Sunday, January 13, 2013

Transformed Through Him Whom We Recognize: The Call of the Baptism of the Lord

Today we celebrate the end of the Christmas Season by remembering Christ's baptism: that moment when he permitted himself to be recognized, so that he could begin his public ministry. It's easy to think that this feast is simply a memorial of a particular incident in Christ's life in First Century Palestine.  It's less obvious that this is a call to personal transformation, but the prayers of today's Mass make that pretty clear.
Take a look at the Missal prayers of the day.  Here is the Collect. Uncharacteristically, we have two choices.  Most presiders will no doubt choose the first, which takes us back to the moment in Jesus' life. But look closely at the second one:
Almighty ever-living God,
who, when Christ had been baptized in the River Jordan
and as the Holy Spirit descended upon him,
solemnly declared him your beloved Son,
grant that your children by adoption,
reborn of water and the Holy Spirit,
may always be well pleasing to you.
Through our Lord Jesus Christ, your Son,
who lives and reigns with you in the unity of the Holy Spirit,
one God, for ever and ever.
O God, whose Only Begotten Son
has appeared in our very flesh,
grant, we pray, that we may be inwardly transformed
through him whom we recognize as outwardly like ourselves.
Who lives and reigns with you in the unity of the Holy Spirit,
one God, for ever and ever.
The first choice uses the language of the Gospel - about being pleasing to God. The second, however, reaches deeper and challenges us to be "inwardly transformed through him we recognize as outwardly like ourselves."  At baptism, each of us laid aside the old person and put on Christ. This second prayer reminds us that although baptism is a one-time event, the transformation it calls forth in us is something we must continually seek.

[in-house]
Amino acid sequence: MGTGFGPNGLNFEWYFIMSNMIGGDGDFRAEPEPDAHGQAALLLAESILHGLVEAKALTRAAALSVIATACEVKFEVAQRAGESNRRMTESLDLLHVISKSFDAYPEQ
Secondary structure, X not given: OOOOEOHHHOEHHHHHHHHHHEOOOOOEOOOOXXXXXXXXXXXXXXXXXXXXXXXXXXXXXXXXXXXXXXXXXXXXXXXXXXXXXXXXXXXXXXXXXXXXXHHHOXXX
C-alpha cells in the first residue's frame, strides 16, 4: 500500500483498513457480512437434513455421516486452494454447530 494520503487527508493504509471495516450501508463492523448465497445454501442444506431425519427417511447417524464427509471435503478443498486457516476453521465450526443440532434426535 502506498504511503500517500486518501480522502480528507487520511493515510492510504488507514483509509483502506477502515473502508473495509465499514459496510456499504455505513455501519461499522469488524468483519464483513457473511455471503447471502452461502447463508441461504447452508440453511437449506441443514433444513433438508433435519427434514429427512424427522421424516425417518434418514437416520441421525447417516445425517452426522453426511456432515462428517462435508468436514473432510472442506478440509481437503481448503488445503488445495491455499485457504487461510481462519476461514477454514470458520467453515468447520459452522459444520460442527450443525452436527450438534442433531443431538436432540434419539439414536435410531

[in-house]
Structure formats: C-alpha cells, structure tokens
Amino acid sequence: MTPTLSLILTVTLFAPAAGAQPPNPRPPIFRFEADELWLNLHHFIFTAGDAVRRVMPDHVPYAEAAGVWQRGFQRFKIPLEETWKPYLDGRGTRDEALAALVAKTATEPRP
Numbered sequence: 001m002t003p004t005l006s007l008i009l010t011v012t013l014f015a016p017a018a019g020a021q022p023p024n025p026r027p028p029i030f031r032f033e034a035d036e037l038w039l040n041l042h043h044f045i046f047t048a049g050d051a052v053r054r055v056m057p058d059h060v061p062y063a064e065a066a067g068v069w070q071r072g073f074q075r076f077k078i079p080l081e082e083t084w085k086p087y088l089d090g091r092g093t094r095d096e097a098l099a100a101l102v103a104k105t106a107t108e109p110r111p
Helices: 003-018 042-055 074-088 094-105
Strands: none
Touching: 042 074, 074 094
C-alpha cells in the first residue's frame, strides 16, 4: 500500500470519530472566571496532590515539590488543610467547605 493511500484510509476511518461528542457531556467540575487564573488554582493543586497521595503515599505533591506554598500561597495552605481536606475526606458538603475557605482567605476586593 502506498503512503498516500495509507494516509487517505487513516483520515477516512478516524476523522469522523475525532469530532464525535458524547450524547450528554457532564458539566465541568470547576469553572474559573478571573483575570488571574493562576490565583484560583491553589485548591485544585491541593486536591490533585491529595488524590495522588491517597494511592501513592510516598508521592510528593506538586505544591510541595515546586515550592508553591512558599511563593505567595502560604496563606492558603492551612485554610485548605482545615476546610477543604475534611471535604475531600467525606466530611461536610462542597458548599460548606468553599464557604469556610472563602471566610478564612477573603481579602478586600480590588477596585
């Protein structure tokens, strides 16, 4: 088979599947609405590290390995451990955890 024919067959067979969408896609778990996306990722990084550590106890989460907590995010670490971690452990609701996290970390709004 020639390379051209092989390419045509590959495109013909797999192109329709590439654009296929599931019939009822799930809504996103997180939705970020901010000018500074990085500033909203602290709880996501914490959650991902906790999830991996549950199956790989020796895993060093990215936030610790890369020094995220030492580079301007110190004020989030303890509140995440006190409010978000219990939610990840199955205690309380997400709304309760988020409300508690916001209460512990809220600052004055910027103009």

The Prayer After Communion calls us to become God's children "in name and in truth":
Nourished with these sacred gifts,
we humbly entreat your mercy, O Lord,
that, faithfully listening to your Only Begotten Son,
we may be your children in name and in truth.
Through Christ our Lord.
Today's feast is a reminder that being a faithful Christian is not simply a matter of going through the motions, but of an inward authenticity that matches our actions. It is more than simply the end of a liturgical season, but an important reminder that Jesus, who "has appeared in our very flesh" constantly calls us to become more like him.

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